- a well-defined project proposal based on background reading which includes (1) a statement of the purpose, (2) a step-by-step procedure for analyzing the obtained data, and (3) a clearly-defined plan for interpreting experimental data.
- providing a written request for needed equipment (24 hours in advance).
- a detailed and organized notebook which documents your experimental results and a computer disk which is used to systematically save Graphical Analysis and other analysis.
- reviewing your notebook and computer disk with your teacher during guidance sessions.
- the organization of charts, graphs, posters, computer printouts, pictures, clip-art, videos, CD-ROM images, WWW downloads, etc. all included in a multimedia report which includes credit for used information and which informs your classmates of what you did, how you did it, and what the results were.
- the production of a single word-processed lab report which includes the final form of your purpose, bibliography, literature survey, experimental procedure, experimental data, graphs, charts, a discussion of results, and a discussion of the theory behind the Special Theory of Relativity and the Standard Model to explain your discovered relationships and conclusions.
Some KEYWORDS to use in a literature search:
- Relativity Einstein
- Physics AND "The Special Theory of Relativity" The Standard Model
- Education AND ... Time Dilation
- Relativistic Mass Length Contraction
- Invariaint or Invariance Top Quark
- High Energy Physics CPEP
IMC RESOURCES (placed on reserve)
- General Information
- How the World Works 500 REN
- Experimenting with Science 507.8 GAR
- Foundations of Modern Physics 530 HOL
- How Things Work 530 CRA
- Physics Projects for young... 530 GOO
- Adventures in Physics 530 HIG
- A Source Book in Physics 530 M
- The Story of Physics 530 MOT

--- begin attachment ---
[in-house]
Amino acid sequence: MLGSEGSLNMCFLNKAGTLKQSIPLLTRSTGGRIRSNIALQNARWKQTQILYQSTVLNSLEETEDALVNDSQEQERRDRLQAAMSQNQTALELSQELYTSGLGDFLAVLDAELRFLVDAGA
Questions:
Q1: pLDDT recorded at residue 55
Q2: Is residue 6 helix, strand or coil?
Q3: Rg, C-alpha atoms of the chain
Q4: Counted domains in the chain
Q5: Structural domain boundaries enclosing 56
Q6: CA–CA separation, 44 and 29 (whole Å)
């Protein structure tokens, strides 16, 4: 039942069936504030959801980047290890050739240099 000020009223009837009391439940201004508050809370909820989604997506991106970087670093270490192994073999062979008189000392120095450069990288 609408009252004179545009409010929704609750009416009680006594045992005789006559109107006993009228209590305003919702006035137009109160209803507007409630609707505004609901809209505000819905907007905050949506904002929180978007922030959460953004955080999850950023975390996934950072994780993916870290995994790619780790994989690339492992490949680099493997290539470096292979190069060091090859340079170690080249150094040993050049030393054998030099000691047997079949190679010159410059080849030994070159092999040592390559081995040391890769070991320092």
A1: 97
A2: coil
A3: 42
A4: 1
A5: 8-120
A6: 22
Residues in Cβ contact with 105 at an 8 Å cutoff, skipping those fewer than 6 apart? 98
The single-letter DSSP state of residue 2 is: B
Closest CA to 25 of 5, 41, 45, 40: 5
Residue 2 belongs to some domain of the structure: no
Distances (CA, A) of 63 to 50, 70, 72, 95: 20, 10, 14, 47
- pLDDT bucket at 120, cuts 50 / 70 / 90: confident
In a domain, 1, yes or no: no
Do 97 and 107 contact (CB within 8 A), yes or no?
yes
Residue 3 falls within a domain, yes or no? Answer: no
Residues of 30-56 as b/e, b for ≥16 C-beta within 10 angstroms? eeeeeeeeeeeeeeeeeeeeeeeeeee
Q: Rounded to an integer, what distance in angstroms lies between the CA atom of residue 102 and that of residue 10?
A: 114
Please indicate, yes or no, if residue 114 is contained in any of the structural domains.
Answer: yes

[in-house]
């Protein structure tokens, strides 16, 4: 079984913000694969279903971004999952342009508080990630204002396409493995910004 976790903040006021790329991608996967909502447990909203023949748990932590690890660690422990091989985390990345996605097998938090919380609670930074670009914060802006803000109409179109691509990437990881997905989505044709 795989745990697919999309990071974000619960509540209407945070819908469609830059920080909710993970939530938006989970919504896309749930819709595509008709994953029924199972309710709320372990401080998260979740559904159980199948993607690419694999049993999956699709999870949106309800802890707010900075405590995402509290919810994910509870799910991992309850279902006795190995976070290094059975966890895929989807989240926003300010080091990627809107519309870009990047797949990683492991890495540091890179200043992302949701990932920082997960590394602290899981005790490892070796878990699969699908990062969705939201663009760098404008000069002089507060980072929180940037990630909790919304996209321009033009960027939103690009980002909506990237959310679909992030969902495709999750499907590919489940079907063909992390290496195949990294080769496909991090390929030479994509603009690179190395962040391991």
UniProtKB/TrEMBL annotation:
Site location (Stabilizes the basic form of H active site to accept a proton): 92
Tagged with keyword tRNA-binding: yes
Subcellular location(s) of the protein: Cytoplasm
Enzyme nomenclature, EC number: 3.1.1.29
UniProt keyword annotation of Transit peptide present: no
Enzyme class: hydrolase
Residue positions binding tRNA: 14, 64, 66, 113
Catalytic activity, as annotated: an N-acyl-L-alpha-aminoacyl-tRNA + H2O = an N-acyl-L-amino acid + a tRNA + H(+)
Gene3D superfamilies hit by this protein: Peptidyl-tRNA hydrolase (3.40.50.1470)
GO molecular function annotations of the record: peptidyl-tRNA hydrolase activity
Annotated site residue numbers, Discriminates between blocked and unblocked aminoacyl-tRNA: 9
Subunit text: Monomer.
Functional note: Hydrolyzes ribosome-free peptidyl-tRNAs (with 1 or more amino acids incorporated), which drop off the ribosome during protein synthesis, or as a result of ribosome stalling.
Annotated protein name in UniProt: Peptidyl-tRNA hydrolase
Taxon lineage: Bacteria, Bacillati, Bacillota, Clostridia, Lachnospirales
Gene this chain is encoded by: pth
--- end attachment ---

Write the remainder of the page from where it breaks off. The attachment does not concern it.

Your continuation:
- The Project Physics course 530 RUT
- Phenomenal Physics 530 SWA
- The complete Guide to... 797.1 EVA
- Detailed Information about your specific topic:
- How Things Work 530 CRA
- A folder containing articles pertaining to the Special Theory of Relativity and the Standard Model and Conceptual Physics (a text by Paul Hewitt).
- Other IMC RESOURCES (not placed on reserve)
- Van Nostrand's Scientific Encyclopedias R503 VAN
- Science and physics encyclopedias and reference materials
- CD-ROMs (particularly the "Creation of the Universe" and "..." CD-ROMs)
The folder (mentioned above) will be a very useful resource for technical information. The Internet contains much information about both the Special Theory of Relativity and the Standard Model. The encyclopedias, reference materials, and CD-ROMs are also very useful. The Mechanicl Universe Video and the Conceptual Physics text (Chapters 15 & 16 should also prove valuable). Quickly determine what is meant by relativistic speed, time dilation, length contraction, The Standard Model, quarks, leptons, and Feynman Diagrams and how it applies to the provided data sets. You will also want to quickly become familiar with the equations of the Special Theory of Relativity to determine how the equations match the received data.
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Created: July 23, 1996 Last Updated: March 16, 1999